Where do the Lib Dems stand on rejoining the EU? That is the question they need to answer if they are ever to find their way out of the post-Brexit wilderness.
In one short sentence, Sir Ed Davey appeared to have thrown away everything the Liberal Democrats have fought for in recent times.
Asked by Andrew Marr about the party's stance on rejoining the European Union, the Lib Dem leader said: "We are not a re-join party, but we are a very pro-European party."
Given that the Liberal Democrats adopted a policy at their party conference last year of supporting UK membership of the EU in the long term, members were quick to react.
"I was shocked and angry," said George Potter, a Lib Dem councillor in Surrey, describing Sir Ed's comments as "a complete contradiction of party policy".
People higher up the party ranks were also alarmed, with at least one senior figure calling the leader straight away to seek an explanation.
Sir Ed's choice of words may have been an attempt to avoid a narrow line of questioning about when and how the UK might be able to regain membership of the EU, but the statement was too blunt for many.
Something of a damage limitation exercise was undertaken, including a Zoom call with MPs and others during which the leader apologised for what some saw as an error of judgement.
A few days later the leader wrote a blog post further clarifying his position, stressing the Liberal Democrats were "committed to the UK being members of the European Union again".
Sir Ed Davey insists that while members may have "misinterpreted" what he said on the Marr programme, once he was able to clarify his answer "people were completely relaxed".
Who is Ed Davey?
- Defeated Layla Moran to become leader last August
- Energy and climate secretary in the Lib Dem-Tory coalition
- Lost both his parents before the age of 15
- His wife Emily is a councillor in Kingston, where he is an MP
- Cares for his son, who has a rare neurological condition
"What we're doing now is campaigning on the recovery from coronavirus but it doesn't stop us talking about the EU," he told BBC News.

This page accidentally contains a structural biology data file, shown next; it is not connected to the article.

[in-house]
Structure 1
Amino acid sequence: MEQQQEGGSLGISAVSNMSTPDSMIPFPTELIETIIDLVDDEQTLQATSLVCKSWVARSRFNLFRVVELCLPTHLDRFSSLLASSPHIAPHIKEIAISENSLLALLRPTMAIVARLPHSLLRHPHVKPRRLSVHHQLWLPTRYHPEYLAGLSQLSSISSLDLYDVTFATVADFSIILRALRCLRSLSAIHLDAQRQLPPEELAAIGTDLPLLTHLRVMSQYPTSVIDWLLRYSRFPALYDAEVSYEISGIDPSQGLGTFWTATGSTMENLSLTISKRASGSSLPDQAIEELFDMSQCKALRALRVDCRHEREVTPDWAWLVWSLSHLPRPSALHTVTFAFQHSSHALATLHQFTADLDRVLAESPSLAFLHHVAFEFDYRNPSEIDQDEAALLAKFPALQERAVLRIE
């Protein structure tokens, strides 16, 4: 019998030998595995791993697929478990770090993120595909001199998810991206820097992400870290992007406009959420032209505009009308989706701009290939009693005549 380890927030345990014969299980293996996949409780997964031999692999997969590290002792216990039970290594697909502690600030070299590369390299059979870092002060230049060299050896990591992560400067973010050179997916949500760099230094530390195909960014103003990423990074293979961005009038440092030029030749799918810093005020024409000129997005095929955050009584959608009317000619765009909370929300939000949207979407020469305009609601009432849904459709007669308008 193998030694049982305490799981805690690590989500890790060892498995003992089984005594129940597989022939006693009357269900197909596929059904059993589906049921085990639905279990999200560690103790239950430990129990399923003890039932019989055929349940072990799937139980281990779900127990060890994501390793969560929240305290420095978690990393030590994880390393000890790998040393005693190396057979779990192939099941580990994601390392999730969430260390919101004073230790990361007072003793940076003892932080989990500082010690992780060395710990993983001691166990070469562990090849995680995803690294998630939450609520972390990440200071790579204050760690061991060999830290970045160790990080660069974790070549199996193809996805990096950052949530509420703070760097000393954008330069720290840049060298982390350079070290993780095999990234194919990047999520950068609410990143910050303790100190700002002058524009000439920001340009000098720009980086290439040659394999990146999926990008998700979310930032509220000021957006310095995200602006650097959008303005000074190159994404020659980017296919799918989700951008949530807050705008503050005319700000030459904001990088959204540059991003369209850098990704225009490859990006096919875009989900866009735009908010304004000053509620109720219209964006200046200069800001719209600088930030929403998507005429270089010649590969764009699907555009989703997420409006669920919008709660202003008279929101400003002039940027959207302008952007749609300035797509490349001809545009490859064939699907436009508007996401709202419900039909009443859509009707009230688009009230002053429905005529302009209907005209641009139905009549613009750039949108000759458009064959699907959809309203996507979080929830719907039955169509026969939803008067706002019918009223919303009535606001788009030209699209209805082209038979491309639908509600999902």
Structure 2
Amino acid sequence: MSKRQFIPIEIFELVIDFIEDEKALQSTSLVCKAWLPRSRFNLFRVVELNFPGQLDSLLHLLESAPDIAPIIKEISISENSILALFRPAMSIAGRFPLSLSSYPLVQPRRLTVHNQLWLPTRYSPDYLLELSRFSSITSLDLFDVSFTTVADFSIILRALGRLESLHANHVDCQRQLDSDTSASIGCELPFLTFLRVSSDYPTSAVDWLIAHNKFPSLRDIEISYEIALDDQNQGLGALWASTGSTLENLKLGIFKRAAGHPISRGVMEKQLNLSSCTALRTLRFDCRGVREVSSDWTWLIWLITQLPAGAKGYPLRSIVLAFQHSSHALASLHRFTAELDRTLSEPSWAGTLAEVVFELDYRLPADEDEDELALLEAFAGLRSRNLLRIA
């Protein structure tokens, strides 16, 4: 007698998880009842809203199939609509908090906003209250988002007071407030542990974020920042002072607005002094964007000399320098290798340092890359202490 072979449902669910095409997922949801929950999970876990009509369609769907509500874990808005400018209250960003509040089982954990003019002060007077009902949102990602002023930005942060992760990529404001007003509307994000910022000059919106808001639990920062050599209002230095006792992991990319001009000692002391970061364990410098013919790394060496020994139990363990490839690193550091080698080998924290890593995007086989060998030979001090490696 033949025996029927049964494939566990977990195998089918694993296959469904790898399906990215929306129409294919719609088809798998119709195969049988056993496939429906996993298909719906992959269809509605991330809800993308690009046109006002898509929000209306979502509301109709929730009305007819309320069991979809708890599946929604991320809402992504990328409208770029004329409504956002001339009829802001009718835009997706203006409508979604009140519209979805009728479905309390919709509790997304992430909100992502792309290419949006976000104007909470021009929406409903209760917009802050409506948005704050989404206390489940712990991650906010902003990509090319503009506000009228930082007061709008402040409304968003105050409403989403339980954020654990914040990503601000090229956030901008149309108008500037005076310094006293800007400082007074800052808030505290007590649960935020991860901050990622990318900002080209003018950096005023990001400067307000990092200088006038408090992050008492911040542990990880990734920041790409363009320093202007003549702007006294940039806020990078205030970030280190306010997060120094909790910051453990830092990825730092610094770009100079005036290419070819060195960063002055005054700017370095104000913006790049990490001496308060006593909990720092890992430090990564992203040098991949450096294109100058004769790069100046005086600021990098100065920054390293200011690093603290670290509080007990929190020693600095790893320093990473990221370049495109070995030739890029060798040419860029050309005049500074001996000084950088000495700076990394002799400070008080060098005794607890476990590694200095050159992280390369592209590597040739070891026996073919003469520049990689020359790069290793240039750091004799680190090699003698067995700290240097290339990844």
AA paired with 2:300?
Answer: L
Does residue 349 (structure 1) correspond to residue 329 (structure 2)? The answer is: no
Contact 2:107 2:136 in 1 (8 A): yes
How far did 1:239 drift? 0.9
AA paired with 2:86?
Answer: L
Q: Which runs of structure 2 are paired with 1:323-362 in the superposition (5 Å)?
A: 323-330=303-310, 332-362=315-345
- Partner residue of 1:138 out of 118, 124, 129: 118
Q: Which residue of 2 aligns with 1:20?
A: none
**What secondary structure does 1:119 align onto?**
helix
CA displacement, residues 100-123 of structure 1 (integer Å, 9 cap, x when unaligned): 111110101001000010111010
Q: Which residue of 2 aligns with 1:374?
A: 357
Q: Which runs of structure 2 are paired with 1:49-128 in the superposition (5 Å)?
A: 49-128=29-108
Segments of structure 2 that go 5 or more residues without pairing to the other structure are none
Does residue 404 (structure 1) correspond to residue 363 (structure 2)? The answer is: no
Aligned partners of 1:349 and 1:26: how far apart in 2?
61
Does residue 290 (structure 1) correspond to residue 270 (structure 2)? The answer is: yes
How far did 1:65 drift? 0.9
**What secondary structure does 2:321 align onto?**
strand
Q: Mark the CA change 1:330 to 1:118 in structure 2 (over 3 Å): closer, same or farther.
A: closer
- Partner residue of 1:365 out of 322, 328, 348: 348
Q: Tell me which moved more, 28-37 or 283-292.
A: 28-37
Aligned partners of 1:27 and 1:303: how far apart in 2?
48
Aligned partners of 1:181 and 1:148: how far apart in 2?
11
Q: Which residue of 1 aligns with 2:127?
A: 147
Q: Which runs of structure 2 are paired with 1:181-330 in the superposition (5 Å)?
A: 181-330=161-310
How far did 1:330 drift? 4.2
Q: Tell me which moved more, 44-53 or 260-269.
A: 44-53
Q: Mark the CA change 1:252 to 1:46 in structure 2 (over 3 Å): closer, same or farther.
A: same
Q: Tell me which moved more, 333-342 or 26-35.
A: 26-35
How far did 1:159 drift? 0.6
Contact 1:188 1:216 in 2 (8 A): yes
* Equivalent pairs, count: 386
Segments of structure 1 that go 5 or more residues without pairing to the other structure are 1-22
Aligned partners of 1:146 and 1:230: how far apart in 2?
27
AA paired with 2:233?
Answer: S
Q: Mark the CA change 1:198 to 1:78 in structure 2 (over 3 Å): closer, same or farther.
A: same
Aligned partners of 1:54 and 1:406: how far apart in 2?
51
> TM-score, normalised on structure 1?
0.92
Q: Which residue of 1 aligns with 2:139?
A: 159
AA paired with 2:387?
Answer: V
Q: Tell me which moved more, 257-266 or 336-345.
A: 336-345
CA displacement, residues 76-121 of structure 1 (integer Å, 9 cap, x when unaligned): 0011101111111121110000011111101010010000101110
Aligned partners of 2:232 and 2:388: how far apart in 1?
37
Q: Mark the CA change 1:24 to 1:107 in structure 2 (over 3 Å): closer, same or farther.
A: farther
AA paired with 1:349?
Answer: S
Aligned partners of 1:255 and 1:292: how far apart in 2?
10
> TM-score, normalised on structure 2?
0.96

A senior party source suggested a full-on re-join campaign now would leave the Lib Dems looking "out of touch with what's going on".
But while there is no denying the need for any political party to be seen to take a stand on the most pressing crisis the country has faced in decades, many Lib Dems are impatient to see the issue of EU membership prioritised once again.
But how best should they make the case? Life was easier when they were campaigning flat out to stay in the EU.
"What Brexit did is give us a clarity of message we've rarely had, the kind of thing we always said we craved - a really clear simple purpose," says former party leader Tim Farron.
As someone who went through the media mill when he was leader, he has some sympathy with Sir Ed over his Marr interview.
"I understand why it caused some trouble, but he was bowled a googly, kept his wicket and allowed to bat the rest of the over," he said.
He urged the party to be "cool-headed" in its approach to rejoining the EU, and to avoid at all costs being drawn into a "culture war" with the Conservatives on the issue.
The majority of Lib Dems would accept the road to re-joining the EU will be a relatively long one with no guarantee of reaching the destination - but some are keen to at least set out the route.
"We do need to show a way back here that's going to put us in a position to rejoin as a future date, if the stars were to align and we'd be able to do that as a country," argues Alistair Carmichael, the Lib Dem MP for Orkney and Shetland.
He recently said the UK should join EFTA, the organisation with access to the EU's single market but without membership of the bloc, as soon as possible.
Some grassroots see it as the party's job to speak up for those who want be back in the EU - but others suggest that taking a "rejoin now" approach will damage the argument in the longer term.